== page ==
if( dim(structCmdBarInit) % NUM_CTRL_BANDS)

if( iNumPages == 1 )
      tbCmdButtons[0].fsState = TBSTATE_HIDDEN;
      tbCmdButtons[1].fsState = TBSTATE_HIDDEN;
//Add the buttons
i = CommandBar_AddButtons(hwndBand, 
                  sizeof(tbCmdButtons)/sizeof(TBBUTTON), tbCmdButtons);

First, we load the images for the "Next" and "Previous" buttons, and we add it to the CommandBar. We check to see if there is more than one page worth of fields for this form. If not, we set the navigation button's initial state to TBSTATE_HIDDEN, which keeps them from becoming visible. Otherwise, they retain the TBSTATE_ENABLED, which is specified in the global structure, tbCmdButtons. This step is not necessary to the case at hand, but is included in the example because it could be very useful for dynamically composed forms. Finally, we add the buttons to the menu band of the CommandBands control.

When the user taps one of the navigation buttons, we get a WM_COMMAND message. This is an excerpt from the message switch in WndProc() that handles the button messages:

// switch the menu selections:
switch (wmId)
   //move backward one band page and reinit
          iCurTopBand -=4;
          if(iCurTopBand < 0)
              iCurTopBand = dim(structCmdBarInit) - NUM_CTRL_BANDS;
          hwndCB = GetDlgItem( hWnd, IDC_BAND_BASE_ID );
          DestroyWindow( hwndCB );

   //move forward one band page and reinit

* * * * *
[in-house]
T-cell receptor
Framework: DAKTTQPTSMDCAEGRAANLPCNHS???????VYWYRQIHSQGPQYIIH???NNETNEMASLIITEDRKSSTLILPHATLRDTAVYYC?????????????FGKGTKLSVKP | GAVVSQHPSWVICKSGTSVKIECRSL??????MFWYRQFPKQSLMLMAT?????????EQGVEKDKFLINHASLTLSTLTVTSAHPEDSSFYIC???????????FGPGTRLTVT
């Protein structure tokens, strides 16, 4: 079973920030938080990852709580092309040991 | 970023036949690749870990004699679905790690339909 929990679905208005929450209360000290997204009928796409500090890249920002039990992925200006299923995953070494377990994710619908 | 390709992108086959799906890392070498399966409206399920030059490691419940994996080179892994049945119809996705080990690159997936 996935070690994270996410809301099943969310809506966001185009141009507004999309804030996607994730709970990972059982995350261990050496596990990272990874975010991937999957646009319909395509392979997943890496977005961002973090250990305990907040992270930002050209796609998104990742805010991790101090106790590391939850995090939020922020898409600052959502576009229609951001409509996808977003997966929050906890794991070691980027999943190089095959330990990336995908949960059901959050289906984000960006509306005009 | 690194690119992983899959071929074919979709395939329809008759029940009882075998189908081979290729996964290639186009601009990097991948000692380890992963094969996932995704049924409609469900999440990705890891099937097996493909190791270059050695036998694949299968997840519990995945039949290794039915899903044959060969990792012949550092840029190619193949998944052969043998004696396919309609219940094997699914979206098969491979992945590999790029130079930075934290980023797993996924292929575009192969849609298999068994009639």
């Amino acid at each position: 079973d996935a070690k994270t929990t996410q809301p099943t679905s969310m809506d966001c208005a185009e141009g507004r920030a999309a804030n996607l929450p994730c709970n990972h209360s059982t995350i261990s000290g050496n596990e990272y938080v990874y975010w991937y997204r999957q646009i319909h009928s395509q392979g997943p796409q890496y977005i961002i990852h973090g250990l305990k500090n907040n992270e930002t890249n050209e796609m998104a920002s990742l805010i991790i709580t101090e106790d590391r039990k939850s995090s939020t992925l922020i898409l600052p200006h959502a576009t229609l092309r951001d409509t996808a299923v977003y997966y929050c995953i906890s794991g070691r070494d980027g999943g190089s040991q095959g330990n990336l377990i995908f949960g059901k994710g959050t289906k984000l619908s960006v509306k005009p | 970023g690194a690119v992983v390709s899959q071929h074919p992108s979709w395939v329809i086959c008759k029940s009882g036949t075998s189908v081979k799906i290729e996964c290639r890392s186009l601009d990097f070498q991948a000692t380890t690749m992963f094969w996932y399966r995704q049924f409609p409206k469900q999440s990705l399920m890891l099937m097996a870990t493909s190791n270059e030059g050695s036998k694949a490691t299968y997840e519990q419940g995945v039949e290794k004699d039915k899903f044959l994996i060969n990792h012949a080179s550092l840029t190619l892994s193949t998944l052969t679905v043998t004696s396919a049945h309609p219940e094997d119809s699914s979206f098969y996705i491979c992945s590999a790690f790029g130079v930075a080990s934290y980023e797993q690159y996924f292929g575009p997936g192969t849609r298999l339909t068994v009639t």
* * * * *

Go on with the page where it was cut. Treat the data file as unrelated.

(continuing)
iCurTopBand +=4;
          if(iCurTopBand >= dim(structCmdBarInit))
             iCurTopBand -= dim(structCmdBarInit);
          hwndCB = GetDlgItem( hWnd, IDC_BAND_BASE_ID );
          DestroyWindow( hwndCB );

The real work of the message handling code is to calculate the new value of iCurTopBand. This global variable is used as the index to the structure array that contains initialization information for the fields. When we get a page turning command from the user, we either add or subtract the number of field in a page from iCurTopBand. If we go beyond the beginning or end of the page range when we do this, then we add or subtract the total number of fields. This has the effect of allowing continuous rollover of pages in either direction.

Looking Ahead

Net time we'll look at one more technique for displaying long forms, without using paging or tabbed dialogs. In the next example, you'll learn how to create command bands that embed moveable, resizable controls.

The Source Code

Download the source code: PageBands.zip

About the Author

Nancy Nicolaisen is a software engineer who has designed and implemented highly modular Windows CE products that include features such as full remote diagnostics, CE-side data compression, dynamically constructed user interface, automatic screen size detection, entry time data validation.

In addition to writing for Developer.com, she has written several books including Making Win 32 Applications Mobile. She has also written numerous articles on programming technology for national publications including Dr. Dobbs, BYTE Magazine, Microsoft Systems Journal, PC Magazine; Computer Shopper, Windows Sources and Databased Advisor.

# # #

Comment and Contribute


(Maximum characters: 1200). You have characters left.



Sitemap | Contact Us

Rocket Fuel